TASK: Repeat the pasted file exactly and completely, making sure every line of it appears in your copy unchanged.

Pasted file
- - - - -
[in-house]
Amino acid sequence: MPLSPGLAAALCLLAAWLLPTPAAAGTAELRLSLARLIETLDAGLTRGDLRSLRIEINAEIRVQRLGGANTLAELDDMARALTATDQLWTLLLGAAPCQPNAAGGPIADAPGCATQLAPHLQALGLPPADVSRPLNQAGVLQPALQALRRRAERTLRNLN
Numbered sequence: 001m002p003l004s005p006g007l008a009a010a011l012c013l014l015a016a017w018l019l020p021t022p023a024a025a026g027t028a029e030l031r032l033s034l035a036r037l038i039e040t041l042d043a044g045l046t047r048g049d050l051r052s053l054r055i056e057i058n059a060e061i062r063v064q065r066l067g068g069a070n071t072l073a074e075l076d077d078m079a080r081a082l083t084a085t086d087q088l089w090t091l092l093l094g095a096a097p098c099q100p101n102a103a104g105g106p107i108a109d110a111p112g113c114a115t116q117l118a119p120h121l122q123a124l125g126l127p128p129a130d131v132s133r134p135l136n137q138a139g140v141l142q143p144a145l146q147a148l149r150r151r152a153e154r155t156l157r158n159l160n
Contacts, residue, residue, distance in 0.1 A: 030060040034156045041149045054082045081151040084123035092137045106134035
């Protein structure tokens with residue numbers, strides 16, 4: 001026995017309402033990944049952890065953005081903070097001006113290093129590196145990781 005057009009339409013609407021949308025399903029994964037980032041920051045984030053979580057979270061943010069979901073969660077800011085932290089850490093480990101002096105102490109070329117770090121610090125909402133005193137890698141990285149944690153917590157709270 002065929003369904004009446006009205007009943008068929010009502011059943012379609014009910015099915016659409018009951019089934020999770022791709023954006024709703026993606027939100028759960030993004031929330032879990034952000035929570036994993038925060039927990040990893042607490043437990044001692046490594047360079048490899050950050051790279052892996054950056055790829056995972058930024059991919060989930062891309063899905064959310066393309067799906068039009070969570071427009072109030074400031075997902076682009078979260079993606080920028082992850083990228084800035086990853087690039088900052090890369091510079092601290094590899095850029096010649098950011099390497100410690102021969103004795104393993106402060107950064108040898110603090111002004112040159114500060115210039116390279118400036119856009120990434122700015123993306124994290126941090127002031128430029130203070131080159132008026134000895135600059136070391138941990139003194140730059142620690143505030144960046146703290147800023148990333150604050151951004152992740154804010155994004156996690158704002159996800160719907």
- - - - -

[in-house]
Amino acid sequence: MPLSPGLAAALCLLAAWLLPTPAAAGTAELRLSLARLIETLDAGLTRGDLRSLRIEINAEIRVQRLGGANTLAELDDMARALTATDQLWTLLLGAAPCQPNAAGGPIADAPGCATQLAPHLQALGLPPADVSRPLNQAGVLQPALQALRRRAERTLRNLN
Numbered sequence: 001m002p003l004s005p006g007l008a009a010a011l012c013l014l015a016a017w018l019l020p021t022p023a024a025a026g027t028a029e030l031r032l033s034l035a036r037l038i039e040t041l042d043a044g045l046t047r048g049d050l051r052s053l054r055i056e057i058n059a060e061i062r063v064q065r066l067g068g069a070n071t072l073a074e075l076d077d078m079a080r081a082l083t084a085t086d087q088l089w090t091l092l093l094g095a096a097p098c099q100p101n102a103a104g105g106p107i108a109d110a111p112g113c114a115t116q117l118a119p120h121l122q123a124l125g126l127p128p129a130d131v132s133r134p135l136n137q138a139g140v141l142q143p144a145l146q147a148l149r150r151r152a153e154r155t156l157r158n159l160n
Contacts, residue, residue, distance in 0.1 A: 030060040034156045041149045054082045081151040084123035092137045106134035
């Protein structure tokens with residue numbers, strides 16, 4: 001026995017309402033990944049952890065953005081903070097001006113290093129590196145990781 005057009009339409013609407021949308025399903029994964037980032041920051045984030053979580057979270061943010069979901073969660077800011085932290089850490093480990101002096105102490109070329117770090121610090125909402133005193137890698141990285149944690153917590157709270 002065929003369904004009446006009205007009943008068929010009502011059943012379609014009910015099915016659409018009951019089934020999770022791709023954006024709703026993606027939100028759960030993004031929330032879990034952000035929570036994993038925060039927990040990893042607490043437990044001692046490594047360079048490899050950050051790279052892996054950056055790829056995972058930024059991919060989930062891309063899905064959310066393309067799906068039009070969570071427009072109030074400031075997902076682009078979260079993606080920028082992850083990228084800035086990853087690039088900052090890369091510079092601290094590899095850029096010649098950011099390497100410690102021969103004795104393993106402060107950064108040898110603090111002004112040159114500060115210039116390279118400036119856009120990434122700015123993306124994290126941090127002031128430029130203070131080159132008026134000895135600059136070391138941990139003194140730059142620690143505030144960046146703290147800023148990333150604050151951004152992740154804010155994004156996690158704002159996800160719907």